Connect your work to root causes and systems-level impact

For your proposal to be competitive, you’ll want to make a strong connection between your programs and services and the root causes of the problem you want to address.

To continue with our previous example, improving access to chocolate is a worthy cause in its own right, but Awesome Organization’s proposal would be significantly more competitive if it demonstrated that it not only addresses the immediate need of the community, i.e. access to delicious chocolate, but that it is also thinking about what creates that immediate need (in this case: lack of farmer training and access to capital — especially for farmers from underserved communities), and how the organization can effect long-lasting change (in this case: providing low- or no-interest loans to farmers to keep chocolate affordable, and addressing barriers to access to both connections and spaces for innovation for farmers and chocolate makers).

Some additional tips

Create or update your profile in GrantIS, our online submission platform, with plenty of time and consider that:

  • The setup takes a few days.

  • If you already have a profile, you’ll need to certify that your organization’s information is correct.

  • New this year: You’ll need to add your executive director or CEO’s start date.

  • If you are applying through a fiscal sponsor, the process can take additional time.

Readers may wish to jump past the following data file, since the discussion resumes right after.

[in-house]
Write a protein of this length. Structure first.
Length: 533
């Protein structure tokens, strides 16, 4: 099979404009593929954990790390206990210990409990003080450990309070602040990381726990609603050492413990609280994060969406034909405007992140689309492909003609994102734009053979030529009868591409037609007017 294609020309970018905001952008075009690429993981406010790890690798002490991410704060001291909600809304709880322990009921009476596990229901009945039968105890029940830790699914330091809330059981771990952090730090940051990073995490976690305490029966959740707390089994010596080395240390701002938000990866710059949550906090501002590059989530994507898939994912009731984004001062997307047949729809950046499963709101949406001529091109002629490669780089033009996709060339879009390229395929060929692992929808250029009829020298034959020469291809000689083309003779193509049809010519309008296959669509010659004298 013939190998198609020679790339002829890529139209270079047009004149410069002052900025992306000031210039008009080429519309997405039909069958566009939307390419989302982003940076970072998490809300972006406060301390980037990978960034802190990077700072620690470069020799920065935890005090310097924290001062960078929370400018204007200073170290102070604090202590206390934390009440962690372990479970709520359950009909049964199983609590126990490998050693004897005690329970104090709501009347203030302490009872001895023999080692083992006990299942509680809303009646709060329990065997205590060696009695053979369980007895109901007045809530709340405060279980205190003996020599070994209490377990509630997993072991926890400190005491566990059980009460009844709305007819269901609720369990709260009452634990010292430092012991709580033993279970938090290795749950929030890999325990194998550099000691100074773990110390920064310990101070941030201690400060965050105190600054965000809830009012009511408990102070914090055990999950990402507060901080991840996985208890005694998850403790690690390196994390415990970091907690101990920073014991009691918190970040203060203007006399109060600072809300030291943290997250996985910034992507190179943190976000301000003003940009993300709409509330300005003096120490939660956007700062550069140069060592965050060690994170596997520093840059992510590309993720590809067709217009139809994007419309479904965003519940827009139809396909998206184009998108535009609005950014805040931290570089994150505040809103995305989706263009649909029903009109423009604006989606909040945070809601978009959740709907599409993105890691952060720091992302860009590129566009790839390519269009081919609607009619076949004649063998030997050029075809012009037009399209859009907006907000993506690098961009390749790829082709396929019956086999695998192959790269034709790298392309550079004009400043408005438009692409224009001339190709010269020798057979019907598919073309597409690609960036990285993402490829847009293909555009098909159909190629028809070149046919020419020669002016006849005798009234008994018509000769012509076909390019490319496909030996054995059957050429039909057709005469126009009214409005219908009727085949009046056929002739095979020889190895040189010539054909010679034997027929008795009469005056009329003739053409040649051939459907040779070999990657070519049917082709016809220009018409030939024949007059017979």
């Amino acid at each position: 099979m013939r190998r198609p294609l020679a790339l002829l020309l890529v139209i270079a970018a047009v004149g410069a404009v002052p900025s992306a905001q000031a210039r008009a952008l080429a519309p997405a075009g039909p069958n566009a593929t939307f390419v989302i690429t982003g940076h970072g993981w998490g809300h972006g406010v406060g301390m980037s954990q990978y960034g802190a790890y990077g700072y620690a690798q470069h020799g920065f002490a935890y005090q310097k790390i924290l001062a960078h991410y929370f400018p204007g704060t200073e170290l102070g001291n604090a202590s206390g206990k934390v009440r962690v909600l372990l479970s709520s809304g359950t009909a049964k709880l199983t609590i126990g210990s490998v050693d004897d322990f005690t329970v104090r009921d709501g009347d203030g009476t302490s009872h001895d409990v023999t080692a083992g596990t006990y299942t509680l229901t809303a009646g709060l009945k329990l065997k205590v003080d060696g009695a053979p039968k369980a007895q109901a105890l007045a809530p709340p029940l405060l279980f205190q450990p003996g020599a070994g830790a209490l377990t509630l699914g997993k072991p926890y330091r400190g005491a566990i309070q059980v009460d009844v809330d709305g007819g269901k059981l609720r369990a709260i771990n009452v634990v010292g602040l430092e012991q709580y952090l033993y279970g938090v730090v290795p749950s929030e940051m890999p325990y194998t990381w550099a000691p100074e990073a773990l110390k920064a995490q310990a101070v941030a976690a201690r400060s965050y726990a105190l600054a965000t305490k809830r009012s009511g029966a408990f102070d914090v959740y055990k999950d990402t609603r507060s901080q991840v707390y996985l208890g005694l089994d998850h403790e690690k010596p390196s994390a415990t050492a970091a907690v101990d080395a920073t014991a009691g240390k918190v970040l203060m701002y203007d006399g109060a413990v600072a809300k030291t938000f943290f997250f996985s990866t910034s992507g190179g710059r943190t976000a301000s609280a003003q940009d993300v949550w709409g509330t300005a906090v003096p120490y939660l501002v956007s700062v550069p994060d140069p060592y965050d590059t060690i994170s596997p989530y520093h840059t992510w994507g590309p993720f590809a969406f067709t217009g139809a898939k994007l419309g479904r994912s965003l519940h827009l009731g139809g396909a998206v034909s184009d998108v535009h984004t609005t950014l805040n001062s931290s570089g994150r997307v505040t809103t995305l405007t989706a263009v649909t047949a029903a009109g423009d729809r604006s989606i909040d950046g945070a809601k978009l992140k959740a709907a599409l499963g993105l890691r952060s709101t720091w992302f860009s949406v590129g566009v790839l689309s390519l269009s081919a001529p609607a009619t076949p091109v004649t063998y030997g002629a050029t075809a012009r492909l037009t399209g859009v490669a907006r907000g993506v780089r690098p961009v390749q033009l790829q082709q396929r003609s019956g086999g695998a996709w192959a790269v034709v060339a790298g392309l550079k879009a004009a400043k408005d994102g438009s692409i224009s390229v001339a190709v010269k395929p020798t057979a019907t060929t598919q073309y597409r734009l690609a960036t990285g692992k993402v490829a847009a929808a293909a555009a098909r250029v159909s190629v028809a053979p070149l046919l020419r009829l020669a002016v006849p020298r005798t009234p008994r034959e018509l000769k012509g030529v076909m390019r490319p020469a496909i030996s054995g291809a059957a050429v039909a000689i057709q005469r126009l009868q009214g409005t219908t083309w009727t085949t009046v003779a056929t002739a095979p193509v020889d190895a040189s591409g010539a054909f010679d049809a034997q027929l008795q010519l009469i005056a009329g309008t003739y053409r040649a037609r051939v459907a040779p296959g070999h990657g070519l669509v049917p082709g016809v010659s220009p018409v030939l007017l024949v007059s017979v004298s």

Right-size your ask

Familiarize yourself with the range of funding amounts in your chosen portfolio. In determining whether your request is “right-sized,” we will consider your project size, project complexity, project budget, organization size, and what other funding you’ve secured.

Prioritize conveying key information in the body of the application

We receive such a high volume of requests that — as much as we would like to — we may not be able to read attached materials we have not specifically requested. Equity demands that we give all organizations the same amount of time and attention.

Let us know if you’re experiencing challenges

If your organization is going through a major change or has experienced some challenges recently, note it in your application and explain how the challenges might impact your project.

Write clearly and concisely, but don’t sacrifice meaning

If your friends or next door neighbors can’t understand what your organization does or what your proposal is about, we probably won’t either.

If you’re not funded, ask for feedback

If you are not invited to submit a full proposal this time around, we encourage you to contact us so that we can go over your Inquiry Application with you and discuss our perspective on what you can consider when submitting your next application.

We are looking forward to reading about the great work you are all doing and meeting some of you at the information sessions. In the meantime …

Here’s wishing you a productive grantwriting season!

— Violeta